January 12 – March 26, 2015
Jeanine Hill presents various works including drawings, ceramics, and an installation. These works are inspired by the transformations of line into form, land into sky, and stars and planets into universes. This collection depicts a state of constant becoming.
The works that I am currently making are three-dimensional maps of the literal and metaphoric terrains that I have traveled. Within my work, form stands with purpose and content lies within the context of my life experiences. It is through the examination of personal history and the construction and reconstruction of this history’s landscape that I am able to decipher my own mysteries through the morphology of clay.
Jeanine Hill was born in Alcalde, New Mexico on a Pueblo reservation where she and her family were surrounded by vast orchards and high canyon walls. Her first exposure to the arts was early on when her father began taking photographs of the traditional Pueblo ceremonies by day and working with wood by night. She was taught the value of storytelling by her mother, who used words to shape the world. Jeanine’s own making and storytelling practices were forged out of hours of being lost in the woods of Vermont, and sharing stories with her siblings.
Q&A with Jeanine Hill
What is the main focus of inspiration for the pieces included in this exhibition?
I have spent the last two years working on the pieces for this show. In this time I have traveled quite a bit, and the extensive traveling has been an inspiration. But I would have to say that the greatest influence or inspiration for the work is the experience of landscape, the role it plays in our lives, and the way in which place enables us to not only understand who and where we are but also to navigate our world in a more grounded way.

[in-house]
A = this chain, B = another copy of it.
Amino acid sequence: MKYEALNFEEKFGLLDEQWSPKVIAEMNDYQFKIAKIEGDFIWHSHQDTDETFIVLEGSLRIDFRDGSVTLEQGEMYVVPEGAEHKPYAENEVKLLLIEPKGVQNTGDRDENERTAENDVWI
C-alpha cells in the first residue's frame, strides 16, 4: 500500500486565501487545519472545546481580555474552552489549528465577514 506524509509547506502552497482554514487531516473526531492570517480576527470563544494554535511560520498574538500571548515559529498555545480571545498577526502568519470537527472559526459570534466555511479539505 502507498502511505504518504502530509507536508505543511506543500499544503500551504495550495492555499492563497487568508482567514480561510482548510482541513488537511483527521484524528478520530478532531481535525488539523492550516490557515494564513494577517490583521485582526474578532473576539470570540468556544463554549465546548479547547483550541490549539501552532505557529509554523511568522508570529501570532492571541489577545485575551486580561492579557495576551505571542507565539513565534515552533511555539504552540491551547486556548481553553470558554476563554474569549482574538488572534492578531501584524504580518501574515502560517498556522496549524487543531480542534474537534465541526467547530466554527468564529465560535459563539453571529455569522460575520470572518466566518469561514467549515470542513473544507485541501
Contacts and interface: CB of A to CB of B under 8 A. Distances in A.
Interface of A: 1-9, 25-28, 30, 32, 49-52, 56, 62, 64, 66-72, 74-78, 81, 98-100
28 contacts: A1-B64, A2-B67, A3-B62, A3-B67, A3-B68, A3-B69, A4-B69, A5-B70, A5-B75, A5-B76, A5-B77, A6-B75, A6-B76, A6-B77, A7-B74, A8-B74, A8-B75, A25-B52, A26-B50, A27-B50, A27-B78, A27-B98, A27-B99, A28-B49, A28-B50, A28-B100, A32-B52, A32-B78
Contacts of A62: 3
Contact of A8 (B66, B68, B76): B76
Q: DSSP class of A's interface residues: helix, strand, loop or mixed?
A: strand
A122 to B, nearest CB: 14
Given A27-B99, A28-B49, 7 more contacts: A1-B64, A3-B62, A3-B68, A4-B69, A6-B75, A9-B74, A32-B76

How would you describe your creative process?
I usually work in shifts. Because my studio practice involves a wide variety of materials, I rarely work with multiple materials at the same time. Working this way allows me to deeply focus on the material at hand and the processes required. A year of my artistic life will often involve six to eight months of working in clay, three months of drawing, and perhaps a month or two working with textiles. That being said, there could be a year that doesn’t look like this at all and I spend the whole year throwing pots or drawing. It all depends on where I am emotionally and physically at the time.
Where did your initial attraction to examining your path in life as a visual record stem from?
I come from a long line of storytellers and within this history there are diverse ethnic backgrounds that come into play. Storytelling and the making of artwork have played a tremendous role in my family’s history. I think that coming from such a diverse background as I do, as well as all of the moving and traveling I have done in my life, have required me to be constantly reflective. The consistent examination of who I am as a human being allows who I am to remain in a state of constant flux, which I suppose in some ways allows the change to not be so difficult.
What message do you want to get across to viewers through your art?
I don’t know that there is a specific message I am hoping to get across. I simply hope that in the telling of my story, it enables the viewers to see their own story within the work as well, that perhaps my work is simply a window or door into their own lives.